Coming up later this year everyone will have the opportunity to use PIGI as part of Saber’s Quest For Blue. This is a competition where contestants will be given a budget of US$2 million to design a satellite constellation with PIGI that provides the maximum amount of coverage of the Earth’s surface while tackling some real-world design challenges. With potential internships with Saber’s partners up for grabs, this is a great opportunity for anyone interested in joining the space industry to show they have the desire and the aptitude to become a space professional.
Just in case you are thinking that being a major player in the space industry means there’s no room left for fun, think again. The world’s first beer for space, Vostok Space Beer, was developed by Saber in a joint venture with the 4 Pines brewing company. But there is a serious side to this too… A lot of science went into the design of the bottle and the beer itself so that it could be poured and enjoyed despite the changes in human physiology in zero gravity.
Working in Space on Earth
To get a bit more insight into the company and find out what it’s like to work for one of Australia’s most successful space start-ups, I talked to Aidan O’Brien, the Head of Infrastructure and Analytics at Saber in Sydney. Something Aidan was keen to reinforce was Saber’s role in the democratisation of space – making it accessible to everyone.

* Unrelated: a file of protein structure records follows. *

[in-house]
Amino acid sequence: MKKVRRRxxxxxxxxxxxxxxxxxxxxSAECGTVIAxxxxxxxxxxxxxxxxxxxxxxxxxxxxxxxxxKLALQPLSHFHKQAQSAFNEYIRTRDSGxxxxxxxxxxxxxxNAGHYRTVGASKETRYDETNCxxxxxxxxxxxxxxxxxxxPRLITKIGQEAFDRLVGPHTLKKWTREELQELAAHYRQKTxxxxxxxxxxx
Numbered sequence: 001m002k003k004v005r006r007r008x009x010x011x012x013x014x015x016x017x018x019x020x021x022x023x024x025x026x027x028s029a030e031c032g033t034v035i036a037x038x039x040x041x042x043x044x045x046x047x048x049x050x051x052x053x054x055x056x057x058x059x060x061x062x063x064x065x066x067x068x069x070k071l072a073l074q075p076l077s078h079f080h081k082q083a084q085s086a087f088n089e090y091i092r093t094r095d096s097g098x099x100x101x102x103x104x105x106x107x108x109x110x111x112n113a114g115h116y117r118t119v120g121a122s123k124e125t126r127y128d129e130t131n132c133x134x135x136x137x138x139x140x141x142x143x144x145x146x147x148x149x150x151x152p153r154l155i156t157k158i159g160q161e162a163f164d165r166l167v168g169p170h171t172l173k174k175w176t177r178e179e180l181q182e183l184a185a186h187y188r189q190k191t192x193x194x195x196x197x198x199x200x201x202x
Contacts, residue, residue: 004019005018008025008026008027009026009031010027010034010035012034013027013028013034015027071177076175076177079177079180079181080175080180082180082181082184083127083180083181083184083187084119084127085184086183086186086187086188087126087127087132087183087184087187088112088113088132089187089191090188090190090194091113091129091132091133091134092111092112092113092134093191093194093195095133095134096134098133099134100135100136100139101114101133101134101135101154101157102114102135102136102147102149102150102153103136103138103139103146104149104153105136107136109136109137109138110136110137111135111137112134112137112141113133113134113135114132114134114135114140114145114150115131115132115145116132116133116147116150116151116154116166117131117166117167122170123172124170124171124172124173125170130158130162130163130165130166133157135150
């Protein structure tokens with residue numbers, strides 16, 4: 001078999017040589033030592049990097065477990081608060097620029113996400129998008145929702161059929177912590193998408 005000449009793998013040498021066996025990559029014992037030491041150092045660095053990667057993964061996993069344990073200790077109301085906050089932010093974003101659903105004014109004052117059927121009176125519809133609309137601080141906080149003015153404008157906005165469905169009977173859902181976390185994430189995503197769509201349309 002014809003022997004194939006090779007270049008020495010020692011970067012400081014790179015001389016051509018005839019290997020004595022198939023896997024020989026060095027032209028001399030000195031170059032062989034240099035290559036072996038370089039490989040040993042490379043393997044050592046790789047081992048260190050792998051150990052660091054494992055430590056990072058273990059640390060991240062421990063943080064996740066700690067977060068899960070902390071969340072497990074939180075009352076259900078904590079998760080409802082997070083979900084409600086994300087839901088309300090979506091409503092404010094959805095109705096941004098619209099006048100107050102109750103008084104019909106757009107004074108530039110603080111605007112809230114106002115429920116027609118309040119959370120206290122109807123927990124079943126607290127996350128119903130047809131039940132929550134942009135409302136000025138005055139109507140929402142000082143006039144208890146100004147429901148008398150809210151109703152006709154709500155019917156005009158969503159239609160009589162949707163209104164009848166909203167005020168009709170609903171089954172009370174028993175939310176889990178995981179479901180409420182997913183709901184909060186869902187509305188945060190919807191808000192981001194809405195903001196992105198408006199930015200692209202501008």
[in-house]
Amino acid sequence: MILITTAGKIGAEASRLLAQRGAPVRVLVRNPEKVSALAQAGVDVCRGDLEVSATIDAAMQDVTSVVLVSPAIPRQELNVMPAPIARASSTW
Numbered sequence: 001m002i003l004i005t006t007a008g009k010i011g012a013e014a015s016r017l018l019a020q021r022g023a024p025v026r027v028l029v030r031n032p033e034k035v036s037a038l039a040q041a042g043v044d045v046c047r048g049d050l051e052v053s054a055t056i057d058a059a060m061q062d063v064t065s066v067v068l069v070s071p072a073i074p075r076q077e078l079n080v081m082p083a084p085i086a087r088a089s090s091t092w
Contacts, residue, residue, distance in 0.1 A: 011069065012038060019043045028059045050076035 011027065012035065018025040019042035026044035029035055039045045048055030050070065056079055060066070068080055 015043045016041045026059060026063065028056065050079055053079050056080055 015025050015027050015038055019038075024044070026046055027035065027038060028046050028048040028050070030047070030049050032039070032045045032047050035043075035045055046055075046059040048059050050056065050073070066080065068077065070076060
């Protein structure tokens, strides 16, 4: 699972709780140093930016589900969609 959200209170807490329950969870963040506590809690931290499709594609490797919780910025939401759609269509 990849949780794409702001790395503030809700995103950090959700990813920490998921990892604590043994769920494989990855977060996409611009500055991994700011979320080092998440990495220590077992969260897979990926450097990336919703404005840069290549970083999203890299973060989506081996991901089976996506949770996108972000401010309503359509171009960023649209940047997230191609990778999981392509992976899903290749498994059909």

“A part of the problem we’re trying to solve is to make space easy for anyone to be a part of. This is important because mission control software can take anywhere from 6 months to a year to learn to use, and that’s even before starting to play with the spacecraft.”
It was this approach that helped Saber secure the Space Infrastructure Fund grant. “The Mission Control Centre grant specifically asked for next-generation operations. While many control centres around the world are still using designs with 20 operators and spreadsheets, we have over a decade of machine learning experience on spacecraft and have demonstrated in live operations multi-continent handovers in virtual reality.”
Aidan began as an intern at Saber nearly six years ago, and now manages the server development team and the machine learning projects. “Before Saber I was in the Navy, working as a radio and Satcom operator along with a fair bit of computer network administration.” It was his exposure to satellite communications systems that set him on a trajectory into the space industry.
Now Aidan and the whole Saber team are set to help establish Australia’s burgeoning space industry as an integral part of the broader economy. “We are looking to help grow the industry in Australia and move away from the negative view that we can’t do space in Australia and should just buy it from overseas.” And with their track record of innovation and success and a clear vision for the future, it looks as though Saber is the right company to propel Australia’s space capabilities to the next level.
Learn more about Saber Astronautics on their website